did. They went to great efforts to record

specific behaviors, things like how many times a

chimpanzee scratched its head or nose. But it's

hard to study higher-order phenomena, things like

personality and emotion, in just those ways. In

the end, what you're left with is this long

catalog of meaningless descriptions. If I need to

know whether I can go into that cage or not to

clean it, it's not useful to tell me the chimp

scratched its nose 50,000 times in the past year.

Just tell me, Is it aggressive or not?"


In their dogged pursuit of hard science and their

strict avoidance of what Sam Gosling referred to

in his first published paper as the "specter of

anthropomorphism," the behaviorists, especially

in the eyes of many who currently study animal

behavior, greatly limited the field of psychology

by ultimately outlawing things like intuition,

inference and common sense. Now, however, the

pendulum has begun to swing back in that

direction, and it is a shift that has been

impelled, somewhat surprisingly, by hard science.


Advances in fields like genetics and molecular

and evolutionary biology have lent to the study

of psychology something that it really didn't

have when behaviorism first came to the fore: a

better understanding of the biological and

bioevolutionary underpinnings of behavior. No

longer is the study of animal behavior rooted in

that inherently naïve and anthropocentric desire

to see ourselves in animals or to project upon

them our thoughts and feelings. Animal

personality, along with such integral fields as

animal behavior, behavioral ecology and

evolutionary biology, all pivot now around what

might be called deep analogies. The more detailed

and specific our knowledge has become of the

animals and of the many differences between them

and us, the more clearly we can see what is

analogous about our respective behaviors.


Animal personality, in other words, is now

redirecting psychology's focus in a direction the

behaviorists would most appreciate: away from

airy abstractions about personality and down to

its very tangible and widely dispersed roots. It

might be thought of as a kind of biological

Buddhism or muscular mythologizing or armed

anthropomorphism: a more disciplined and detailed

form of that idle speculating we have all done in

front of the head tilt of a dog or the sudden

skyward shift of a flock of sea gulls or the

comings and goings of ants around their

respective mounds.



"Now, those there I can almost guarantee you are

females," Jason Watters, a behavioral ecologist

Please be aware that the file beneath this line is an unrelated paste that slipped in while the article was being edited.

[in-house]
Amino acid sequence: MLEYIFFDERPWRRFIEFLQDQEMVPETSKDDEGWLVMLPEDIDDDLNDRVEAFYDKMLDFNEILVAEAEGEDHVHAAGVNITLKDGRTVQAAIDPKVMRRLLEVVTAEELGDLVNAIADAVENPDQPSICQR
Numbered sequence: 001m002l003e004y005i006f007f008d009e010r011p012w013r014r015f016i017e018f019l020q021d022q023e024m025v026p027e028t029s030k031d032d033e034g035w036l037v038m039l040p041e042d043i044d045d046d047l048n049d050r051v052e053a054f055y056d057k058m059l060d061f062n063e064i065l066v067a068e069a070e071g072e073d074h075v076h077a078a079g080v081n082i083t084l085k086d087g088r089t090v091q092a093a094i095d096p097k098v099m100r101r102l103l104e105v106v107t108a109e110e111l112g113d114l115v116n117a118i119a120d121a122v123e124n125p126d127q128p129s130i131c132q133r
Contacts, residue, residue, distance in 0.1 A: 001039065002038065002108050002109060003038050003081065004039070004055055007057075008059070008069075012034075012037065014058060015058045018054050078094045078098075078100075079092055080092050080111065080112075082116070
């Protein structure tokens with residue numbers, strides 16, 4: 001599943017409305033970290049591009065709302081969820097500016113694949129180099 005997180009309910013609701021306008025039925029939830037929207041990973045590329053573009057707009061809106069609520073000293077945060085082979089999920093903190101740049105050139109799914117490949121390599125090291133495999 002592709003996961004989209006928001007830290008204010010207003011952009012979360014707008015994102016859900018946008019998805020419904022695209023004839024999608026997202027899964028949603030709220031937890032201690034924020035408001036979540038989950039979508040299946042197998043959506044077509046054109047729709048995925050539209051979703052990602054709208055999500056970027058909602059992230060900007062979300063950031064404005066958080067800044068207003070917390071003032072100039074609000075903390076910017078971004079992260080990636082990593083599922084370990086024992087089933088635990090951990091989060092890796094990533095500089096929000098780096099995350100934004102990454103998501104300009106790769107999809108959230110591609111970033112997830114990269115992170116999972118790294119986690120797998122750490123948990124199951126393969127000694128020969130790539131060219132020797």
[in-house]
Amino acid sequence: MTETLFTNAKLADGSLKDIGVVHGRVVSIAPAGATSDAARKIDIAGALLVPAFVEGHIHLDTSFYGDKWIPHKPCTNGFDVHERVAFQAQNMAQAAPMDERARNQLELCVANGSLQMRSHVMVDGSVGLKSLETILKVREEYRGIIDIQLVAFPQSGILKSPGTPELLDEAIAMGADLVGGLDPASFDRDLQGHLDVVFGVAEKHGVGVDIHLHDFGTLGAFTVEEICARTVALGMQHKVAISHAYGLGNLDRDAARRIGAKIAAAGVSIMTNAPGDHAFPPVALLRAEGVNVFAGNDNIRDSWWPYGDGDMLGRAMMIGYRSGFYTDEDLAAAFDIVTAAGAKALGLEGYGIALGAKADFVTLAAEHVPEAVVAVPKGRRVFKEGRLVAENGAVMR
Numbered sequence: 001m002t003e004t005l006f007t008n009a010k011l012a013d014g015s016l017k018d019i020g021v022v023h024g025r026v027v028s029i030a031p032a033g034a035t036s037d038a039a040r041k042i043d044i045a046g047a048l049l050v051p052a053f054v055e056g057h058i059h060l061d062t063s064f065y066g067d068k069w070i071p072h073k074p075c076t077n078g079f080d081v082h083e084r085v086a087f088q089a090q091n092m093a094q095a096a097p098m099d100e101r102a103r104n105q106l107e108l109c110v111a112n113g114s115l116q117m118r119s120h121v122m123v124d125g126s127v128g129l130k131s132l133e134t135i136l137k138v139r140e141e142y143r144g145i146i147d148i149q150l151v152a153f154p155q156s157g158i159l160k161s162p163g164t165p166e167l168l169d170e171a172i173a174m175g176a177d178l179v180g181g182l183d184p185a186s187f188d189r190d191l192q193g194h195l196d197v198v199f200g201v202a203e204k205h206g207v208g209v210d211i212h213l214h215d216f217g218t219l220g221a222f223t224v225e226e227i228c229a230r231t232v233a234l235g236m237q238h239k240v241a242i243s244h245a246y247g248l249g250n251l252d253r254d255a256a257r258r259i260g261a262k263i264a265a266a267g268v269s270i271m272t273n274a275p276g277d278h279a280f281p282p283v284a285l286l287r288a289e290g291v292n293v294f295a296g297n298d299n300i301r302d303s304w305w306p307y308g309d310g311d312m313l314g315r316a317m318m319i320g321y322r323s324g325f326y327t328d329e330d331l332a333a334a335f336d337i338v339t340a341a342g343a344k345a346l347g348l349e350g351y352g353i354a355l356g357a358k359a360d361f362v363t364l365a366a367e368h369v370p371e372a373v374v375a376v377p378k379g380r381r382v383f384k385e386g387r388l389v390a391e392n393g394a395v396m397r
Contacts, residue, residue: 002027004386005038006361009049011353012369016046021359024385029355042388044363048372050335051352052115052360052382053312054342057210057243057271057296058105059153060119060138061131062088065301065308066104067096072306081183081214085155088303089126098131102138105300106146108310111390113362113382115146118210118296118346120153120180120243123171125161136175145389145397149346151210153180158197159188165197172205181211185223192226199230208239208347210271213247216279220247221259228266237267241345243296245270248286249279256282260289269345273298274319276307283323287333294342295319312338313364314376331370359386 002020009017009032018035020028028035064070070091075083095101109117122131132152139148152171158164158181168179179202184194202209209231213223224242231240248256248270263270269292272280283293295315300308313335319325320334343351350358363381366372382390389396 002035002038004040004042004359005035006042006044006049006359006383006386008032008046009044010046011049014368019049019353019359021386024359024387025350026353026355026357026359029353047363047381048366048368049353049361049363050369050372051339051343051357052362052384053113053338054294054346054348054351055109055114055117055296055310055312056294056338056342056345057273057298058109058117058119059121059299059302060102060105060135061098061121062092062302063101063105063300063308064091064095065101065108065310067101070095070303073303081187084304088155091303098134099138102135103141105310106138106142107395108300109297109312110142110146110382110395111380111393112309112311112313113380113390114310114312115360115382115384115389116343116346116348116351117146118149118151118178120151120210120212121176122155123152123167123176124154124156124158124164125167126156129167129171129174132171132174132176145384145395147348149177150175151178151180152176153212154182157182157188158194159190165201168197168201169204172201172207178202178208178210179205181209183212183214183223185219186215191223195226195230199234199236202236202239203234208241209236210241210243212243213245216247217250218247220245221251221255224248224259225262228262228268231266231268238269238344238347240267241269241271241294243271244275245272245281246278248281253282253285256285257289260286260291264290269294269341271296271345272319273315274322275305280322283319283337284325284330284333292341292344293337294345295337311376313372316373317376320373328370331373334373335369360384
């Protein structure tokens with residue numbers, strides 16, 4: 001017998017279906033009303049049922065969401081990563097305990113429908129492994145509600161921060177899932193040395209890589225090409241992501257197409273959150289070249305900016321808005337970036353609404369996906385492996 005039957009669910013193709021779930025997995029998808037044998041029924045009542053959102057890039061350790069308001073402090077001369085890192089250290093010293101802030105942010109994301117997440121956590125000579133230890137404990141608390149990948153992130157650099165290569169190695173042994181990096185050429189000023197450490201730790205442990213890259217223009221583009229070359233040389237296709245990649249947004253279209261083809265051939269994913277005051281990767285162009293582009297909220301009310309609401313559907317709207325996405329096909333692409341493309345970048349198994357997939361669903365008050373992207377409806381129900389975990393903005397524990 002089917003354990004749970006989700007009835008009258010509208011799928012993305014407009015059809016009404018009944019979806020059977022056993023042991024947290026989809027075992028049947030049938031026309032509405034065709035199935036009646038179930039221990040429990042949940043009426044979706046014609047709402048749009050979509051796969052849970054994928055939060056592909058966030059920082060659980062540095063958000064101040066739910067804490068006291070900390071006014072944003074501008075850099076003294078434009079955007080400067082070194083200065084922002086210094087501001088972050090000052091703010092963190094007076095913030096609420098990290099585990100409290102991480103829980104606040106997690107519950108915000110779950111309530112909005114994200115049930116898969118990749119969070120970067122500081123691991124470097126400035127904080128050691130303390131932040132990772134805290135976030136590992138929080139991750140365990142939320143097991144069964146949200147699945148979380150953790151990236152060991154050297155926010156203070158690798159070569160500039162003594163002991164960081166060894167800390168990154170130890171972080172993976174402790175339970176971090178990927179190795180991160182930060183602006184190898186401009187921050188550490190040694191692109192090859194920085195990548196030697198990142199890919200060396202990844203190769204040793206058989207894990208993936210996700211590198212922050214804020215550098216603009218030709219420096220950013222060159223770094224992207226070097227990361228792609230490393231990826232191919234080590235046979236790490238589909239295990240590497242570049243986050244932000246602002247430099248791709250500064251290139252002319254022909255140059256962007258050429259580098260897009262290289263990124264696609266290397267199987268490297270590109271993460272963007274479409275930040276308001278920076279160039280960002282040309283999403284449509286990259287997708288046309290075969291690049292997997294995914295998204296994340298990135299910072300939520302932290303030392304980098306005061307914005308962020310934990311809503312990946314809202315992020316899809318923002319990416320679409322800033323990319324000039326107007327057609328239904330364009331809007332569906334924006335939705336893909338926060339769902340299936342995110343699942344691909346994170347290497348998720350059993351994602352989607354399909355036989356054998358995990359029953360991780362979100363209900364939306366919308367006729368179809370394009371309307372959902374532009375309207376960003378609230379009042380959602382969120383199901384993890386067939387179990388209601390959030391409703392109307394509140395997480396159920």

at the University of California, Davis, told me

one afternoon this past autumn. He was pointing

to a cluster of water striders that had climbed

up the side wall of one of the collecting pools

in the artificial stream that Watters had erected

at the far western edge of the Davis campus for a

six-month study that he and his lab director,

Andy Sih, recently completed on the role of

genetic and environmental factors in the

expression of behavior in water striders: those

spindly black, surface-flitting wraiths whose

indent on their tenuous native terrain is never

more than four slightly concave,

lunar-module-like landing cups.


Watters personally reared several thousand water

striders for the experiment and would come to

know them about as intimately as any human can an

insect. He knew each strider's parents and

siblings. He photographed and marked each of them

with paint-on numbers and then tracked them

through more or less every circumstance and

experience in their roughly yearlong lives: what

and how they ate, their responses to new

environments or to simulated predator attacks,

their social interactions and mating practices

out in the simulated stream.


"I haven't gathered all the data yet," Watters

said, grabbing one of the clustered striders and

confirming his suspicion about its sex. "But what

we do know is that these water striders express

consistent behavioral types. Like in the presence

of a predator some individuals will run and get

right out of the water. Others don't seem

concerned whatsoever. Just sit there. Others get

out and then get back in after a little while. So

there's a great deal of variation in what they

do. Especially in a mating situation, here in the

stream we've found among the males that there is

the consistently more aggressive guy - so that's

his type or his personality - and then there are

these very active, hyperaggressive males. They're

the ones who are always forcing females to have

sex and driving them out of the water and really

messing things up for themselves and everybody.

We don't know yet if this is really the best way

to be or what the point of it is. We're working

on that. But I've got to believe there's going to

be some circumstances where it's a good idea to

be a really mean, brutish type of guy and others